The surface of leather often has a clear coating or finishes applied on it. The clear coat applied will flex, move, and act as one material with the leather. What the clear coat does is to create a barrier between the leather and the foreign elements and materials like dirt, dust, grim, water, etc that tries to get onto the leather.
The finish applied that serves as a barrier especially on natural leather, would down with time and the leather aging and have dyes coming off resulting in stickiness.
Most people don’t often notice this type of changes because of how gradual the break down of the finish on the leather surface is. Although it may not be apparent, the finish may already have become majorly affected and the stickiness is only a manifestation of the extent of the damage.
Remedies For Aged Leather
If it’s a synthetic leather steering wheel that’s completely out lived it’s time, then there will be not a lot that can be done but to replace the leather on the steering wheel or rewrapping with a wheelskins so that the steering wheel looks and feels new again.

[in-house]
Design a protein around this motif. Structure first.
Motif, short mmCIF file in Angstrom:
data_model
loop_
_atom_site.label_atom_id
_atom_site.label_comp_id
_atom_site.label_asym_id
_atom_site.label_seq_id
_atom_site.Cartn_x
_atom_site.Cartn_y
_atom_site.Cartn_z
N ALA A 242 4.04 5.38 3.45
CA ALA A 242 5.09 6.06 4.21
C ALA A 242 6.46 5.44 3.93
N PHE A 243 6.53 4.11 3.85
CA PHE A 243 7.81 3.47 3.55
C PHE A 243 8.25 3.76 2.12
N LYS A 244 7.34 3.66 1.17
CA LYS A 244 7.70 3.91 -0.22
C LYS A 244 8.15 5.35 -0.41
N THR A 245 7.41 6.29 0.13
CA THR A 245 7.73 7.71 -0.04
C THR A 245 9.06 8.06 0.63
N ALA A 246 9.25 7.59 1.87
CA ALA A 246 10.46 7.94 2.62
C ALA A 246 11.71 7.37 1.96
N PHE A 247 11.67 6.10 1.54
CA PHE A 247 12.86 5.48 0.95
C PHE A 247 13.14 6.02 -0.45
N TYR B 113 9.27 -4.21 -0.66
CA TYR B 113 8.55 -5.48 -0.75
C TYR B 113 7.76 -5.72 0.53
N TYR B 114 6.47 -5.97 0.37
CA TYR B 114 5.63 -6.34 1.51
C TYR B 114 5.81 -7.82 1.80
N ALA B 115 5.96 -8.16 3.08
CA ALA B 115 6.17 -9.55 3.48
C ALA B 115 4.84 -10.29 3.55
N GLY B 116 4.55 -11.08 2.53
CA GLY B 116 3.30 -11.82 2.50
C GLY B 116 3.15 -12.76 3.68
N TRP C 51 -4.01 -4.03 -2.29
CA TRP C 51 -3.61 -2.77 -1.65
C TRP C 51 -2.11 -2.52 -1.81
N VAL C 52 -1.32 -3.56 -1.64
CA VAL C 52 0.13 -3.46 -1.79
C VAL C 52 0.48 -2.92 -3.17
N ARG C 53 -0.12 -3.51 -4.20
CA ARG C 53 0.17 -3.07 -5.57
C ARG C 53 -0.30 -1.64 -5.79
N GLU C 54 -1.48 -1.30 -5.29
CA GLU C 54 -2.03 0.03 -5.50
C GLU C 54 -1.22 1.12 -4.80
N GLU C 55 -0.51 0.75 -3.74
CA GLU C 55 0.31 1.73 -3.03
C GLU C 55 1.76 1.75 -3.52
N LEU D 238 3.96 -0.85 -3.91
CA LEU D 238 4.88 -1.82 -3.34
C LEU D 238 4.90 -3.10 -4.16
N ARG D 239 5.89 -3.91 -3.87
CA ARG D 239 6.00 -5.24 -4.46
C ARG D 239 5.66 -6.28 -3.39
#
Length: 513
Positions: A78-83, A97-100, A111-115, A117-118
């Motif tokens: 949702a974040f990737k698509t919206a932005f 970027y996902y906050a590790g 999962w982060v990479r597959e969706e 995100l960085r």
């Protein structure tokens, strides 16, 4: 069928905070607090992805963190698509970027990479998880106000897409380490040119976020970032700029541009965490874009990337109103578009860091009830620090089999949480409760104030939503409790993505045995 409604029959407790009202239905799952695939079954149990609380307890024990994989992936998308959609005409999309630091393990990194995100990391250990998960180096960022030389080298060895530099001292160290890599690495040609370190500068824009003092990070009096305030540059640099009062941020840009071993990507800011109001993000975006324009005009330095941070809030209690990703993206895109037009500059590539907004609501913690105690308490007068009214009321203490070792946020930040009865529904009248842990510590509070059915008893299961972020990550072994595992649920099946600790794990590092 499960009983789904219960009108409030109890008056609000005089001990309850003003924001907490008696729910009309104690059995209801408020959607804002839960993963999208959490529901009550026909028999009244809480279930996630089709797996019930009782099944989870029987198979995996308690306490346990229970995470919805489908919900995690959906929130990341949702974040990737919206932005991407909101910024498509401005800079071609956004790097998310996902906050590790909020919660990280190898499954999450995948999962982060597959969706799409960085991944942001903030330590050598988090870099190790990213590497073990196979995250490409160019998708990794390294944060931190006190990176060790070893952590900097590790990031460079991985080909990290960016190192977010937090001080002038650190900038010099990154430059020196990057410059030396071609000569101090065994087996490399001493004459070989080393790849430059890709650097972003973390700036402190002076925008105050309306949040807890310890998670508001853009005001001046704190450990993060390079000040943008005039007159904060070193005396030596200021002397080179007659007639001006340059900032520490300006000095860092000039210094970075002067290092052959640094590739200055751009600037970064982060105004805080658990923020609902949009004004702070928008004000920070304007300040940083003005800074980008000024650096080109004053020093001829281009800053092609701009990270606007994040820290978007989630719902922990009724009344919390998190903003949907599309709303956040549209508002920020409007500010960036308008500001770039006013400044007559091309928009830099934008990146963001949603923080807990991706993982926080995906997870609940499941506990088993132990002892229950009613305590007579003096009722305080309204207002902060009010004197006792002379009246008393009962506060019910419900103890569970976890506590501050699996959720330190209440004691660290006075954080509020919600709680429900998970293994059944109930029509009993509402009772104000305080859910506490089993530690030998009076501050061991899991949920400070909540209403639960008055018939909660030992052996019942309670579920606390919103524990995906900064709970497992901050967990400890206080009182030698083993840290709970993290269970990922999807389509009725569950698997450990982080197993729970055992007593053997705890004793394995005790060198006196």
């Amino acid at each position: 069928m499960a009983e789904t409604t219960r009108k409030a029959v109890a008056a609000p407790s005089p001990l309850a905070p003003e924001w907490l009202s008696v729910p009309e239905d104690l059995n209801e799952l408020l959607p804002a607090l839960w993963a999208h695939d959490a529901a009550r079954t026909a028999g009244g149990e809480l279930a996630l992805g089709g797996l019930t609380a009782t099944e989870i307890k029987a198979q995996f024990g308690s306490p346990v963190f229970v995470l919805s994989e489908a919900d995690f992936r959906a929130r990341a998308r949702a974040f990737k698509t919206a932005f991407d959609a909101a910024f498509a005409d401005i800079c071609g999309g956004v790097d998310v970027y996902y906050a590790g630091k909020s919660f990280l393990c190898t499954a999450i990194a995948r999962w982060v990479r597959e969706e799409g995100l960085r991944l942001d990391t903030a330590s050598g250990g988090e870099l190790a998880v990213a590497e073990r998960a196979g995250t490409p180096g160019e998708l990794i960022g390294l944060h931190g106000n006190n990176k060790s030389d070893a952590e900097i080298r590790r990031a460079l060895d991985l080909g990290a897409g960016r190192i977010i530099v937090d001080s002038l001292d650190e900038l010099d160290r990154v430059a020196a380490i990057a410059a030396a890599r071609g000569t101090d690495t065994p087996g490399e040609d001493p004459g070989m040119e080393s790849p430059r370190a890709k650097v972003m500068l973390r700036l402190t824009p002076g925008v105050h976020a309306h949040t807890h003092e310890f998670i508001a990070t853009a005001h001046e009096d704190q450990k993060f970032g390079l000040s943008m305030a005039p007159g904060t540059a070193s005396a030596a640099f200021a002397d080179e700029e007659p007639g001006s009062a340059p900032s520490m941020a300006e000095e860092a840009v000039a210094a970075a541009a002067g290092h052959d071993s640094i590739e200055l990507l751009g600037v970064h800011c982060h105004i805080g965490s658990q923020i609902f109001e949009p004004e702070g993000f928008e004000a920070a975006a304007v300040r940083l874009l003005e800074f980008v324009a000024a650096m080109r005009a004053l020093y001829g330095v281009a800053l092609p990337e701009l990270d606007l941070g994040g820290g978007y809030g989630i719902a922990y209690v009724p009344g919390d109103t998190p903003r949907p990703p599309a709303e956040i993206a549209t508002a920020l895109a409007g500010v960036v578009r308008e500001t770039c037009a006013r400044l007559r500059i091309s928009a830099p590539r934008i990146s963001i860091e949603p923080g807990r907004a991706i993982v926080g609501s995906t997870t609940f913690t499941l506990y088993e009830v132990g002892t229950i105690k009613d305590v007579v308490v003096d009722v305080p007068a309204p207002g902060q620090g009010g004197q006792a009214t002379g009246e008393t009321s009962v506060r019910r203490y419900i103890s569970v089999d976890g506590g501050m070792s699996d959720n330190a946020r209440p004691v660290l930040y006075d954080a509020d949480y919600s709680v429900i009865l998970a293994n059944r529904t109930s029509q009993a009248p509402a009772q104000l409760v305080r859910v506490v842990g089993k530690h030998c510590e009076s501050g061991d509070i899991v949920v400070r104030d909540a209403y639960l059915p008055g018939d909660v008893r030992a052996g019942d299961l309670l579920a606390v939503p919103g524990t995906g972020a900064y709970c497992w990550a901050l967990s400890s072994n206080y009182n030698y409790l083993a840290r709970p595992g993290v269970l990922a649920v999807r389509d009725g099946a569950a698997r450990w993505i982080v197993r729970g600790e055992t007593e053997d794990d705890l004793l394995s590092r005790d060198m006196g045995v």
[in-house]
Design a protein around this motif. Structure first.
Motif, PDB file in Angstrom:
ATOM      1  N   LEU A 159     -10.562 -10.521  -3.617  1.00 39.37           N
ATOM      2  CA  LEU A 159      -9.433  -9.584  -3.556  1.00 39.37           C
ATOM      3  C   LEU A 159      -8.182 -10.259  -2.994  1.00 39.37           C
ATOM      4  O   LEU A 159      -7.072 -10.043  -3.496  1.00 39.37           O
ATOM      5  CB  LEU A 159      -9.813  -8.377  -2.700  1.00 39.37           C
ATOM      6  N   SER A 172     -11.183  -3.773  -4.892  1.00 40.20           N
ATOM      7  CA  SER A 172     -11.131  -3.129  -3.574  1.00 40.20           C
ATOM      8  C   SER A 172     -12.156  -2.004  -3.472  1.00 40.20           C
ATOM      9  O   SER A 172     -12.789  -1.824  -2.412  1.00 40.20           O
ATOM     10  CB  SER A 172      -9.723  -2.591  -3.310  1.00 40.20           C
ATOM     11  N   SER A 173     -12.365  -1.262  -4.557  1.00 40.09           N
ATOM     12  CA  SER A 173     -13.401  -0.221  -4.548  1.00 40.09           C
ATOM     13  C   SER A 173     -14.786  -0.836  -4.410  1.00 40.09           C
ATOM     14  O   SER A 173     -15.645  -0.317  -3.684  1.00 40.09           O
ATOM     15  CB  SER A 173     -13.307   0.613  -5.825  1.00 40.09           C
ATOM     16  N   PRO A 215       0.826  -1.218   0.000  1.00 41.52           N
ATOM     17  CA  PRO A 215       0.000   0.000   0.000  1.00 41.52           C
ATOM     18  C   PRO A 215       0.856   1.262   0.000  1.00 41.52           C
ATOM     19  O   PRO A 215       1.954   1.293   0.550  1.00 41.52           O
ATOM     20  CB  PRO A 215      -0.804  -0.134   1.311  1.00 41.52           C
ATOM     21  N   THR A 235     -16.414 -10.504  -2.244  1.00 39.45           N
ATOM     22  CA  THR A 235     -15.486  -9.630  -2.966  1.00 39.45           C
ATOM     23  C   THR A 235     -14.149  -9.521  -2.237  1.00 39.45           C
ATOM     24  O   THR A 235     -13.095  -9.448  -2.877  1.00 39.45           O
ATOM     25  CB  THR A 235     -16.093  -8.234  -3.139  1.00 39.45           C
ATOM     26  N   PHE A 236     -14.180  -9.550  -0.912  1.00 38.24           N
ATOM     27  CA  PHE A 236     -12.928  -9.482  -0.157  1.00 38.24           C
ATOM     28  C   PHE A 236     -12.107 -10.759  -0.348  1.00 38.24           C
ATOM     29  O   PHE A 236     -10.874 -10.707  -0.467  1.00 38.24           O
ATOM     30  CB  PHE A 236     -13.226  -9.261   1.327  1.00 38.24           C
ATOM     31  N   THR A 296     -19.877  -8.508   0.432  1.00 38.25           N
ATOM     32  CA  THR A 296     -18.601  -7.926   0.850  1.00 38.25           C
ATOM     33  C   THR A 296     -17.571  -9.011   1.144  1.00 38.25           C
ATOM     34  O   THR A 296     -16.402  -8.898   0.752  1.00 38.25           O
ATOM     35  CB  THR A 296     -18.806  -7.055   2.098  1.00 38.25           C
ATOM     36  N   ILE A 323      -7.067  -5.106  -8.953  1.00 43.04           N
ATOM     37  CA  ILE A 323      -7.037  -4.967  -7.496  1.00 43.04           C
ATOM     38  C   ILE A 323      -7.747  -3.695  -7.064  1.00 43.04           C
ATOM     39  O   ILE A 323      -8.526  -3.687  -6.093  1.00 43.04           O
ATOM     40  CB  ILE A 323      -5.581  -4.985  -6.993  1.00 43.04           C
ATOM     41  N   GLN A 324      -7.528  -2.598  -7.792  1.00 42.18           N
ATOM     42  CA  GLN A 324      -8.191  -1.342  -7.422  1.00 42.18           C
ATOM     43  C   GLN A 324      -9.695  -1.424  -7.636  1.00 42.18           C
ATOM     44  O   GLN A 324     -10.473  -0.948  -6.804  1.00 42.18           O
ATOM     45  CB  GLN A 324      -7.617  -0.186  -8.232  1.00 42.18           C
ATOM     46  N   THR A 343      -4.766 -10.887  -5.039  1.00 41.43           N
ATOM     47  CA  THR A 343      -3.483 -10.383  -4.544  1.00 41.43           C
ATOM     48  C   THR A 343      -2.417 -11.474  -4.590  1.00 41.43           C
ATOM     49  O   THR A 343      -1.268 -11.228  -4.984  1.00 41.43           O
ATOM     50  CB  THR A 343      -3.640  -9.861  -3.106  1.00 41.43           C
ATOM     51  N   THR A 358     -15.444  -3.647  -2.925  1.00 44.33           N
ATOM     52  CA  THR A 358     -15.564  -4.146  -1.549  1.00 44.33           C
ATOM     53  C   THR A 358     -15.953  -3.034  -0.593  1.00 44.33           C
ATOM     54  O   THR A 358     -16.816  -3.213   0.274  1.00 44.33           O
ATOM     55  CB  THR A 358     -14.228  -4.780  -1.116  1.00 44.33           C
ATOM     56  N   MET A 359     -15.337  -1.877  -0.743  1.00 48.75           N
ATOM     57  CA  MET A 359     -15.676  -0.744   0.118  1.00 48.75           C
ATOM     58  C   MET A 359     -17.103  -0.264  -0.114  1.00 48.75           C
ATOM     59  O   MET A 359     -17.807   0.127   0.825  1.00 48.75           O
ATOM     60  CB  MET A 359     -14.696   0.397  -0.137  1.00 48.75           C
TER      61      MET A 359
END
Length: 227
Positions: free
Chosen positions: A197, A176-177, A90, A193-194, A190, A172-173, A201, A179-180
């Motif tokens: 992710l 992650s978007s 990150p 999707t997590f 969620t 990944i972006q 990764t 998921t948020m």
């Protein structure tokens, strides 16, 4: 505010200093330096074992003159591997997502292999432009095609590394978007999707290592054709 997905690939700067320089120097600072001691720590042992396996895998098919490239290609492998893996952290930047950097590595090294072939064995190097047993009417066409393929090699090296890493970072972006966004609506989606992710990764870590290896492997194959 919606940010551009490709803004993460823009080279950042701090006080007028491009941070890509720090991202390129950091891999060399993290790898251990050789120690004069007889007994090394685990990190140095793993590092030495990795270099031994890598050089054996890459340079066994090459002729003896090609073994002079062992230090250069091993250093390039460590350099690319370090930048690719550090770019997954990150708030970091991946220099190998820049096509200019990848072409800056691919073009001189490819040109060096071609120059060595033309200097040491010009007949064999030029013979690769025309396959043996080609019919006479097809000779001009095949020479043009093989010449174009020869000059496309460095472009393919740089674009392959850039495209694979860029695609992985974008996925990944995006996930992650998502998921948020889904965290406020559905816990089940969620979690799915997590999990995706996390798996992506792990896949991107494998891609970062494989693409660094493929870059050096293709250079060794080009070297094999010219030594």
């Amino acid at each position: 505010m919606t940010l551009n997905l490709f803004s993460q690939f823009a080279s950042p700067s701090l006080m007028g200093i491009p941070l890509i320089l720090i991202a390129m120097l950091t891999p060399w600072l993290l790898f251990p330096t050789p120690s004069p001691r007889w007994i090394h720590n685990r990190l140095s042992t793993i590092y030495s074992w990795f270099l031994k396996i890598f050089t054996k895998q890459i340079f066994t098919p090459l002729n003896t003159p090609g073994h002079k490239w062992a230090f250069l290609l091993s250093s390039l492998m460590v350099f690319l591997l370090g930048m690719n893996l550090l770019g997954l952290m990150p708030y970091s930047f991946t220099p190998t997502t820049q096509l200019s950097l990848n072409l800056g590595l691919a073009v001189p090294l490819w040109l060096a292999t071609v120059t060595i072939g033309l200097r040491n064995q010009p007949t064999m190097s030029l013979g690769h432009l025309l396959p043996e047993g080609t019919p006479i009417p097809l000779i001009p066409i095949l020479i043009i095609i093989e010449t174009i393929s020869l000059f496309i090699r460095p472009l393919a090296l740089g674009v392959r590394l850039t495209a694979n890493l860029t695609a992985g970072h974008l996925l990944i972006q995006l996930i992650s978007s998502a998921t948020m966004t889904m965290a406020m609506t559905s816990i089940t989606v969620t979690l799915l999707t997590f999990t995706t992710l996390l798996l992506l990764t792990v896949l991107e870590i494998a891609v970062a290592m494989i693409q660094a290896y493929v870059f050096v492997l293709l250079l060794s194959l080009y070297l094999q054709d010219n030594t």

Another great alternative for leather in the situations where the damage is not too much is to use a leather degreaser and a leather restorer to bring the leather back to life. The degreaser is going to help remove any excess fats, oils, oil spots, etc from all types of leather and the restorer helps to bring back the color of the leather on the leather steering wheel.
There’s, however, a huge disadvantage when it comes to using degreasers. Degreasers tend to dissolve and over soften the colored top layer of the leather and so must be applied sparingly to avoid damages.
8. Not Cleaning Before Conditioning